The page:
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Discussion Starter · #1 ·
I'm planning to build corner bass trap panels, based on what I've been reading, measuring 24" across, using 5" of roxul rht40. They will go floor to ceiling, and I want to do panels because I'm not quite willing to commit to a more permanent built in trap filled with loose batt material. Question is...should I face them on one or both sides with 6 mil poly as suggested in some discussions? My other treatments so far consist of 6( 3 each side) first reflection absorbers 2" thick, 2" standoff, rht 40. Thanks for your interest and help.
 

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It would depend on where in the room you're using them. In the front corners, we'd normally not face them since we want the front to be more absorbent for surround channel reflections. Elsewhere, either can work but as long as you're DIY'ing and it sounds like you have a decent amount of HF absorbent already, I would face all of the surfaces.

Bryan
 

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Discussion Starter · #3 ·
Thanks Bryan. These will be in the rear corners, so I think I will face them with poly. Side note...I was AMAZED at the sound improvement after installing my broadband specular's. I might do a couple behind my mains at 4" thick, and some 2" on the ceiling for the first reflection there, and the room should almost be treated.
 

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Do your reflections as thick as you can. It will then also help with lower frequency phase related problems.

Bryan
 

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Discussion Starter · #5 ·
Ahh, finally. Reviving a bit of an old thread. Time and money and life can slow projects down to a crawl, and today I finally got some time to actually finish the corner bass traps that I have been working on.

The concept was to have effective bass absorption in the rear corners of my theater without committing to a built in loose fill trap that could not easily be removed. I had planned to do 5" thick Roxul RHT40, but in the end, as you'll see in the pictures, I used up some "left over" RHT40 and extended the thickness to 7". Size was 24" across , although the one corner has a ledge so the panel ended up more like 34" wide above and 24" below. The extra insulation was simply added to the back of the frame, and the fabric holds it in place. These panels were quite heavy, so I hung the upper sections with interlocking metal picture hanging clips, and the bottom sections rest on the floor and have tabs that hook behind the upper panels to keep them aligned and straight.

As of yet I have no way to actually measure their effectiveness...another money thing with buying gear for REW use...but I do think that the bass is tighter, punchier, and less boomy through out the room. When I do get the stuff I need for REW, all treatments will come out of the room and progressive testing will begin.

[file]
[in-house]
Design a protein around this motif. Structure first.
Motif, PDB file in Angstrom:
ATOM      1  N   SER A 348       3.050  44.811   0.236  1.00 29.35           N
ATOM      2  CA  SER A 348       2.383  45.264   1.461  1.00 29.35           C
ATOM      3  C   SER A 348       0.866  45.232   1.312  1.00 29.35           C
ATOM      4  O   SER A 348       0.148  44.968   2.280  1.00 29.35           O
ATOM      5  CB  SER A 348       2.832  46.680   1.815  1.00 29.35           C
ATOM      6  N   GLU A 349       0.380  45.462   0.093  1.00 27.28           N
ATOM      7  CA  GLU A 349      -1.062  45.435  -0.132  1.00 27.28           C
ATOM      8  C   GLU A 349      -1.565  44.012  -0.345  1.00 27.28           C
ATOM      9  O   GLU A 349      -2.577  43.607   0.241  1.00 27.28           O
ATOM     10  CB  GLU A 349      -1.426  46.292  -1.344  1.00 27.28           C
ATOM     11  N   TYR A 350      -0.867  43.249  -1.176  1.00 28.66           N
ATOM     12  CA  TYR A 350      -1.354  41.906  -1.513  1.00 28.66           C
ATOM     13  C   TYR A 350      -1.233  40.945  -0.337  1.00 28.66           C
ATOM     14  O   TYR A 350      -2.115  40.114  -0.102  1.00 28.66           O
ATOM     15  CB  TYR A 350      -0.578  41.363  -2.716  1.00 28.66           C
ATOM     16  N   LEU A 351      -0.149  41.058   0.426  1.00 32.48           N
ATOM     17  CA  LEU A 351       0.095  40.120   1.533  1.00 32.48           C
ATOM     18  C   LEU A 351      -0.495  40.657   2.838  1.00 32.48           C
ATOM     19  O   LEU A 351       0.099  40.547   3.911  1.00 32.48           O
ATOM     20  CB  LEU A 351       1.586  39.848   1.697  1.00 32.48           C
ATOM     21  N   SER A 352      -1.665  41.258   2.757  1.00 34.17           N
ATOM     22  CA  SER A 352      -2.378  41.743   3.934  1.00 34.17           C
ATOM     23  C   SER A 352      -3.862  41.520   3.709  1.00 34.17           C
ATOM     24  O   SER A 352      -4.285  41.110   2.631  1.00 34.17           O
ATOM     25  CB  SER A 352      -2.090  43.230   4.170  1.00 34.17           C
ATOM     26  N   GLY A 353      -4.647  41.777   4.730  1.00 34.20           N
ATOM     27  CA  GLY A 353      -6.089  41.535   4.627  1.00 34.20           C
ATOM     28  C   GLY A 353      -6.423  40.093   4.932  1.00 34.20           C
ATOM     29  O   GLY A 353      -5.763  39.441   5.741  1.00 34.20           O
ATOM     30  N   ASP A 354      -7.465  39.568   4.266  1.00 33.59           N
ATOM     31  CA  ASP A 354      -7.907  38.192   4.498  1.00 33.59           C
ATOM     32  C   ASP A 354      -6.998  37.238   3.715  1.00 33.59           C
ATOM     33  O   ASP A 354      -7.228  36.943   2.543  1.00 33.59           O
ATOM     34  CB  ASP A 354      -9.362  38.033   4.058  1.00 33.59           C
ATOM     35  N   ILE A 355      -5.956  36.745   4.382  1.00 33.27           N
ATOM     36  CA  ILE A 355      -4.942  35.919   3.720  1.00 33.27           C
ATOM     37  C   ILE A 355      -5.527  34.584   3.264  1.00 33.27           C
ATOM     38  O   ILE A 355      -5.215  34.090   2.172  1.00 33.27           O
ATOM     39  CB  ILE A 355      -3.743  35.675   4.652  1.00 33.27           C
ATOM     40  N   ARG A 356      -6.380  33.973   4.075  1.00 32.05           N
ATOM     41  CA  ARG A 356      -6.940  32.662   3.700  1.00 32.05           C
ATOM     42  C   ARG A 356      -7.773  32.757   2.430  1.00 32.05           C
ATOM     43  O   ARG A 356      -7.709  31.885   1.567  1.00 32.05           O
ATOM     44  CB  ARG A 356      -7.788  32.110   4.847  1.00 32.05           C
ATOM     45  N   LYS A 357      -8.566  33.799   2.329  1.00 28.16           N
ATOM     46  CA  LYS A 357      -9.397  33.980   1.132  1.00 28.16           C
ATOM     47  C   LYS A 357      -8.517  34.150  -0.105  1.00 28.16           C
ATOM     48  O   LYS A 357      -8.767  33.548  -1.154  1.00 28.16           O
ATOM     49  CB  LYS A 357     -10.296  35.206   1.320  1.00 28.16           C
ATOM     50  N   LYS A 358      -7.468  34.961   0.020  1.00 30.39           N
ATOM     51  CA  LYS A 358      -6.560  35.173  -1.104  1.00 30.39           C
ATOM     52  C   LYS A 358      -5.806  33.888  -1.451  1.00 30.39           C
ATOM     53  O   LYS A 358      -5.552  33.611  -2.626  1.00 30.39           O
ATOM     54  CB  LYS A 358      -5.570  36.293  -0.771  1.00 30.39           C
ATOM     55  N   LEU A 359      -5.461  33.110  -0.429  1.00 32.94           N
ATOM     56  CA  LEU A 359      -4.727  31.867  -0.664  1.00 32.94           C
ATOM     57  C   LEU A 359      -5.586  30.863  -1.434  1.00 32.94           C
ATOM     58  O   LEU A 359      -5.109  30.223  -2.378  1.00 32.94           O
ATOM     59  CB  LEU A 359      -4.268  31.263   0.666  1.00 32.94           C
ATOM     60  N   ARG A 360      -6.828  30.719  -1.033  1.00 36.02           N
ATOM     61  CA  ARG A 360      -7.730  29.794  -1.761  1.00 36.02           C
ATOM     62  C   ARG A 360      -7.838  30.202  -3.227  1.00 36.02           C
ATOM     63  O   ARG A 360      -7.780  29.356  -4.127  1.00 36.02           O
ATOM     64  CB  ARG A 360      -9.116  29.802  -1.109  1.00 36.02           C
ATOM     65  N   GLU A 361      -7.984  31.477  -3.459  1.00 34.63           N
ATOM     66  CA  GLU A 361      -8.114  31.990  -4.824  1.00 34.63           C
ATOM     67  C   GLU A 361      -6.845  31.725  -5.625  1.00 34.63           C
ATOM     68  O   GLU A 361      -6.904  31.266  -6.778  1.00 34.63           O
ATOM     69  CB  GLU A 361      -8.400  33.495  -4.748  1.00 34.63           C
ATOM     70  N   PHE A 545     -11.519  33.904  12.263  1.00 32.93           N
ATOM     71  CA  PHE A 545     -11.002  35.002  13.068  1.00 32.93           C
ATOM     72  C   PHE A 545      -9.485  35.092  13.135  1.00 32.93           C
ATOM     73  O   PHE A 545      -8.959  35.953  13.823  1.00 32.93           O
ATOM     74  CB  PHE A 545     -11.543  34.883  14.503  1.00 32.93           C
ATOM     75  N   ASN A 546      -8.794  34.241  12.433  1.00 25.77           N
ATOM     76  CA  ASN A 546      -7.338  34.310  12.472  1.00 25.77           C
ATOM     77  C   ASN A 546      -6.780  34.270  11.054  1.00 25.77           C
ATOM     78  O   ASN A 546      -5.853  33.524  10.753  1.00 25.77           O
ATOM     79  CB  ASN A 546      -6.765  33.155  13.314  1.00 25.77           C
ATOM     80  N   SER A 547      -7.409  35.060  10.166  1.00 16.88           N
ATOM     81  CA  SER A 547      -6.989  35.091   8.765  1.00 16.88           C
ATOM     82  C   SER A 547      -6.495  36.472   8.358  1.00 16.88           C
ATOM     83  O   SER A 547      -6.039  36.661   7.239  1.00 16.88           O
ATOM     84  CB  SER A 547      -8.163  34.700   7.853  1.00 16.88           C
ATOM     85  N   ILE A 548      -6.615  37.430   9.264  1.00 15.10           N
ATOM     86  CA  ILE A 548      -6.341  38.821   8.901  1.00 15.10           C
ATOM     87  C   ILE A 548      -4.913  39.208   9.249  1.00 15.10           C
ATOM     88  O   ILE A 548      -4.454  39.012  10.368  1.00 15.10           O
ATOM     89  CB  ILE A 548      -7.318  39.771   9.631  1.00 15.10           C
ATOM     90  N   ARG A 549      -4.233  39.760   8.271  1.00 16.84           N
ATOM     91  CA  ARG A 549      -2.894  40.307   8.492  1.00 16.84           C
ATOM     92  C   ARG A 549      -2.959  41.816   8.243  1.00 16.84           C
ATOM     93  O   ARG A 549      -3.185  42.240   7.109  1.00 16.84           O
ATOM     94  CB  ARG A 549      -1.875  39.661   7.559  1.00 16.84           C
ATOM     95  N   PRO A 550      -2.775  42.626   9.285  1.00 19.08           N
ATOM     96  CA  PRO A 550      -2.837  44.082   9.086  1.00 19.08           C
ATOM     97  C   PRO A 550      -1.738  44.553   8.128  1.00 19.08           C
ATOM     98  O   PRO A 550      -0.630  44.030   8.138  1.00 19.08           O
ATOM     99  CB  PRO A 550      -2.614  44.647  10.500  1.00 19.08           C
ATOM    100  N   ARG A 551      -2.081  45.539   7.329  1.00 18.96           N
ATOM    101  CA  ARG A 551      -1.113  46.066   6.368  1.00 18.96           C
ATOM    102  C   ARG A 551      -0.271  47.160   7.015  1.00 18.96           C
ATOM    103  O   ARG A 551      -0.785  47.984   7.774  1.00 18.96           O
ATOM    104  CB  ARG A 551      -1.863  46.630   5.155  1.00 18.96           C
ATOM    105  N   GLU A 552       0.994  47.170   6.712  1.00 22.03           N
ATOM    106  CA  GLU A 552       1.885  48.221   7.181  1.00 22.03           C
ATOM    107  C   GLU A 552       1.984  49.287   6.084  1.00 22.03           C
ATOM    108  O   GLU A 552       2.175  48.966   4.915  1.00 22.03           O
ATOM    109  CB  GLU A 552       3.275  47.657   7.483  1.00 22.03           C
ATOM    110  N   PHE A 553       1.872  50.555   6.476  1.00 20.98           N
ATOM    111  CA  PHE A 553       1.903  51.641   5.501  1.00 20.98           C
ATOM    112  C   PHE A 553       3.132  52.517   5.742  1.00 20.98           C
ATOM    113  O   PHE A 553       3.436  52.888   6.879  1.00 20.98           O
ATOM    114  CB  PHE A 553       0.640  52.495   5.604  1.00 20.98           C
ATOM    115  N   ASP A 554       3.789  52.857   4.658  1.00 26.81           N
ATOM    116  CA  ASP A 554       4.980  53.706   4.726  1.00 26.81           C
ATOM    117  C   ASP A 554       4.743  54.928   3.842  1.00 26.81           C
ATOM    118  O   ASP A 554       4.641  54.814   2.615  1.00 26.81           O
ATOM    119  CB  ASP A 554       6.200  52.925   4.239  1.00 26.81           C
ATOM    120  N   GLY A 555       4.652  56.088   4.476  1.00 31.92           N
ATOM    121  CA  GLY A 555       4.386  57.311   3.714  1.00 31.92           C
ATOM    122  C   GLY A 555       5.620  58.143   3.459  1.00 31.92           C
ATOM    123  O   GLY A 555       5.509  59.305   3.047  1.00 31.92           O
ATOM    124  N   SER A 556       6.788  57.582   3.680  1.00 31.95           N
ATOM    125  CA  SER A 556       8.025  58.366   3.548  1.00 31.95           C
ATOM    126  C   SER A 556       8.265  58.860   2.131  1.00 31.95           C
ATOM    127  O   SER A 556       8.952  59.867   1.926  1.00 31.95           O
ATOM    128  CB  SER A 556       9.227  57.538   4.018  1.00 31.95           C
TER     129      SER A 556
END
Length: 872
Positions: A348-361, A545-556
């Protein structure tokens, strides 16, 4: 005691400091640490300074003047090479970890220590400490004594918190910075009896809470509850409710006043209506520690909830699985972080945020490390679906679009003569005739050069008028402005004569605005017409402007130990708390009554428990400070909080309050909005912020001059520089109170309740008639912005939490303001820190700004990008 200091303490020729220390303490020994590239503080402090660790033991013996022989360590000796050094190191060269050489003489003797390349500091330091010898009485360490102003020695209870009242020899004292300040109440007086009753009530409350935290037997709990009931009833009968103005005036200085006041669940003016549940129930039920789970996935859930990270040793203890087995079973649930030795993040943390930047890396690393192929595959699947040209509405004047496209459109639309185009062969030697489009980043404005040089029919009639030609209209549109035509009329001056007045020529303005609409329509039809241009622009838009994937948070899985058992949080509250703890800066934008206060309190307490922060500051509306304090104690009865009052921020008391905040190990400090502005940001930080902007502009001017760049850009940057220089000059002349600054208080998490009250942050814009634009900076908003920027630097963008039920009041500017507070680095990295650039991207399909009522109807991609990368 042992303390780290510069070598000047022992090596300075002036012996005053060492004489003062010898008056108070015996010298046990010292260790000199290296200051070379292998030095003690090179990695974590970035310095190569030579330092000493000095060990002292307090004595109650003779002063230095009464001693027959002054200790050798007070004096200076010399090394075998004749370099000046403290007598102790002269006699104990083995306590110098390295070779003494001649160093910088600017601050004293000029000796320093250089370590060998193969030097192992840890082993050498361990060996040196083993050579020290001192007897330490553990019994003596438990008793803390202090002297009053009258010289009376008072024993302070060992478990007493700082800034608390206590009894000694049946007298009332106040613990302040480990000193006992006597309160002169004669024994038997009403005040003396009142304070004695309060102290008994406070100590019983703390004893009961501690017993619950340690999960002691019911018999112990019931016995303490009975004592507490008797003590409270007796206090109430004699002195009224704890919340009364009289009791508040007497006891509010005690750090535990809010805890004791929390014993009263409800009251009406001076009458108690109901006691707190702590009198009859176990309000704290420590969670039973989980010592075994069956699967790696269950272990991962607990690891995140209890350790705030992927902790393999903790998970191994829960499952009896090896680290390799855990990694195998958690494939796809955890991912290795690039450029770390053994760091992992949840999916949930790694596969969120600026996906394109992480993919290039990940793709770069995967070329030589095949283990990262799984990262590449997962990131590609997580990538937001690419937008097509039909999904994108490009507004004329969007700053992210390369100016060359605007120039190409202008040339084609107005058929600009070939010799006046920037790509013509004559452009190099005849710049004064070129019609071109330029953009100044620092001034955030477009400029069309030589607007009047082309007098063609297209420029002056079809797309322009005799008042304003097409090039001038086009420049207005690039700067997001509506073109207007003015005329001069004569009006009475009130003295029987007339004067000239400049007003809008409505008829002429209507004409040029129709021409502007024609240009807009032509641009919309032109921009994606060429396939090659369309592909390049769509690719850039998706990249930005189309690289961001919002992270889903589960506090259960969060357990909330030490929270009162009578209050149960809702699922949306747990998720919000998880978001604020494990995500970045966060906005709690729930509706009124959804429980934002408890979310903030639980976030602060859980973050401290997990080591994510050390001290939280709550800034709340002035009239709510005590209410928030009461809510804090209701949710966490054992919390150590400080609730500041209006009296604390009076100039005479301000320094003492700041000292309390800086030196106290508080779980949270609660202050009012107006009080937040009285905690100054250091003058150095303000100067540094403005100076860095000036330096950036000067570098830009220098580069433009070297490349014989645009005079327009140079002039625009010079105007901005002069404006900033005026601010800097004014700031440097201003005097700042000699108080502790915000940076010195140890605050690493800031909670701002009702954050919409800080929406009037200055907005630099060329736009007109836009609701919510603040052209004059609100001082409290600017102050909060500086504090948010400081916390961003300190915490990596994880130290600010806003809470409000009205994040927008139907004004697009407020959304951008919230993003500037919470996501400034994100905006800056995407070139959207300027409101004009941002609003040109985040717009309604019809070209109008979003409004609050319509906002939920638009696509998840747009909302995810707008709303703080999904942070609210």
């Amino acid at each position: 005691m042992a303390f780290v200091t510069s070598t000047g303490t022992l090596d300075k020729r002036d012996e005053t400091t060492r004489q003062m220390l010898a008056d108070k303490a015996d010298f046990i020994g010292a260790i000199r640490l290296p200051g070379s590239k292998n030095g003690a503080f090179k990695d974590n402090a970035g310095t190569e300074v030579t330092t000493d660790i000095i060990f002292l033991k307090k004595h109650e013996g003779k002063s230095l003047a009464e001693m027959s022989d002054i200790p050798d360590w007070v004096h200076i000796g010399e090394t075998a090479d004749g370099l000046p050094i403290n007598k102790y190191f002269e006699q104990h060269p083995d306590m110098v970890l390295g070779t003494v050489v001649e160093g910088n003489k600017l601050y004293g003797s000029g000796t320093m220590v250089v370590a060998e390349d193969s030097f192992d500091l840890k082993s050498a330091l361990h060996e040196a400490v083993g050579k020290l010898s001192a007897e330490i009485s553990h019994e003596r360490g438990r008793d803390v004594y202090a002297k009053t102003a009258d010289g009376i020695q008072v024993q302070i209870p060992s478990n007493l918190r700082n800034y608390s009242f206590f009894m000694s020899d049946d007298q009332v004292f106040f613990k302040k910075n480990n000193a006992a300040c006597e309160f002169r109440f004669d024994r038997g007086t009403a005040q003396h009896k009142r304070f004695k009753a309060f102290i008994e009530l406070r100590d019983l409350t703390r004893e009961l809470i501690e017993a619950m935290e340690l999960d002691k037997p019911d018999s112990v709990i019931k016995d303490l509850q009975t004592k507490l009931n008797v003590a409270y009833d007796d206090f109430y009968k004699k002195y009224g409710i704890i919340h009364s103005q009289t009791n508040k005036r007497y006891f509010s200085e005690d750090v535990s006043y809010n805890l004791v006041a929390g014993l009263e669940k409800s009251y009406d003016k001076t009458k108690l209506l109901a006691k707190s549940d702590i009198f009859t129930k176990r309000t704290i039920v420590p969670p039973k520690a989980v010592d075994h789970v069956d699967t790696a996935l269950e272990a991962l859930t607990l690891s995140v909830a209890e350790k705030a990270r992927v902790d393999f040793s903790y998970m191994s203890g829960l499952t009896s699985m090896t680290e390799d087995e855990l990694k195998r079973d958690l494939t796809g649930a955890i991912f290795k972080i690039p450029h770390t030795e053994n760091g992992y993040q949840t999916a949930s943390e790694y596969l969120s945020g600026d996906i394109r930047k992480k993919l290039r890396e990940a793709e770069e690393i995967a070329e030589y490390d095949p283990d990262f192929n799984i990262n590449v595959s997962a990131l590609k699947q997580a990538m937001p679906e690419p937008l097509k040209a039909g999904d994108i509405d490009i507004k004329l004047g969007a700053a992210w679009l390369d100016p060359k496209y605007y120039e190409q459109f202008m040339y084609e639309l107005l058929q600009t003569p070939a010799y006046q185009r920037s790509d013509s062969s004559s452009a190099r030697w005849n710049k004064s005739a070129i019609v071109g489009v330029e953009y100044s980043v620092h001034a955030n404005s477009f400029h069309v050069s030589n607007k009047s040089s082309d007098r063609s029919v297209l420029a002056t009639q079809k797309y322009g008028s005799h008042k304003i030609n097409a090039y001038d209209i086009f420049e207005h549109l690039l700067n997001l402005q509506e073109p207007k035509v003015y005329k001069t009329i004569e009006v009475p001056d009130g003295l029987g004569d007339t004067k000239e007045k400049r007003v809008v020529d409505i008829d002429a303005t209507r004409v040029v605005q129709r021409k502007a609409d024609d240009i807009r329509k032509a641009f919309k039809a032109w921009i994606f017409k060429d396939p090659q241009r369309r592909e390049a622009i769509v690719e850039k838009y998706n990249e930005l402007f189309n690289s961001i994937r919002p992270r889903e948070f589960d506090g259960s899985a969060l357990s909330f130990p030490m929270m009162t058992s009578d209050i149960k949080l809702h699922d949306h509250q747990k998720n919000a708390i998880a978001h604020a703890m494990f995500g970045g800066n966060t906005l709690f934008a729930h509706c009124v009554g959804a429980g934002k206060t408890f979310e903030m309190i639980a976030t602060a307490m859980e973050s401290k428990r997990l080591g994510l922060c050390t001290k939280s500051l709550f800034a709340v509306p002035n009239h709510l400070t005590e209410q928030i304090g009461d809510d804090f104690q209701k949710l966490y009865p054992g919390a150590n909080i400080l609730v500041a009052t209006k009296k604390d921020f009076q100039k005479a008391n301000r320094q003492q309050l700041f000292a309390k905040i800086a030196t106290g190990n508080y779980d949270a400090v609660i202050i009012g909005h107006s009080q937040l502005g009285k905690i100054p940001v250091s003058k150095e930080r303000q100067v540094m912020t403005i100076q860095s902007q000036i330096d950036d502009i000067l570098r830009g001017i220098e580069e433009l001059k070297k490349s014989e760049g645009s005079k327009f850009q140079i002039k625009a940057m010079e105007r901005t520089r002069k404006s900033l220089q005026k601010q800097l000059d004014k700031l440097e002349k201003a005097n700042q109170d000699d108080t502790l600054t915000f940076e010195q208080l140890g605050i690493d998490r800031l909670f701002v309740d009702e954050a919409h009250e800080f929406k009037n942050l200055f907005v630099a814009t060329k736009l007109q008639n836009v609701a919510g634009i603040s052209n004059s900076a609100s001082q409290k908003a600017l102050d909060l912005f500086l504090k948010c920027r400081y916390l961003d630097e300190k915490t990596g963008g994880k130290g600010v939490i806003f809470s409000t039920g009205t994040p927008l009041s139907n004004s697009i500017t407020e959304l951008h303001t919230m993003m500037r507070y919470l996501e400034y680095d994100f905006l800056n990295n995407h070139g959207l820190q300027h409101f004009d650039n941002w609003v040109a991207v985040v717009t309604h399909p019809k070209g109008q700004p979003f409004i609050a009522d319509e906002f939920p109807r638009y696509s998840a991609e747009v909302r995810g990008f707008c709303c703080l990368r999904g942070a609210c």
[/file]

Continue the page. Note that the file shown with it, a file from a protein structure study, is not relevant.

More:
cbt1.JPG
I made the frames the same as my first reflection panels, only using 1x6 this time for thickness.
cbt2.JPG
I beveled the back vertical edges, just to make attaching the mounting hardware a little more practical.
cbt3.JPG
Completed panel, ready for poly and cloth.
cbt4.JPG
I did face the panel with 6 mil poly to limit high frequency over absorption.
cbt6.JPG
Completed panel front view.
cbt7.JPG
Completed panel rear view. Here you can see the extra layer of RHT 40 being held by the cloth.
cbt10.JPG
Upper right mounted and ready for action.
cbt11.JPG
Upper left with the shelf and added width.
cbt12.JPG
Right side complete top to bottom.

Hope this helps anyone thinking about DIY panels for a theater. The project was relatively simple from a construction point of view. And there is lots of good advice here on HTS as far as thickness and materials is concerned. Enjoy.
 

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Looks great. Let us know how the improvements help.
Thanks for sharing.
 

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6 mil refers to the thickness. Poly is a short term for a thin layer of plastic. Imagine something like a thicker version of a plastic wrap used to keep food fresh after opening.

Bryan
 

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Discussion Starter · #11 ·
Ya what Brian said. 6 mil poly or plastic sheeting is the standard we use in house construction as vapor barrier between the insulation and the inside finish of the rooms(usually drywall). For plastic sheet it's quite thick but still comes on a roll. If you look at pix 3 and 4 above you'll see bare insulation and then with the poly. It's thick enough to reflect high frequencies, but not so thick as to prevent the lows from passing through. I'm not sure what you'd call it I'm German. 6 mil refers to the actual thickness-6 thousandths of an inch I believe.
 

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If my research is correct?

6 mil = 6 thou (thousandths of inch) = 150µm = 150microns = 600 gauge(Europe film measure)

Popular sheet thicknesses in UK(Europe?) are 125µm and 250µm (500/1000 gauge respectively)

So 125 is closest being approx 5 mil thick

Hope that helps:dontknow:
 
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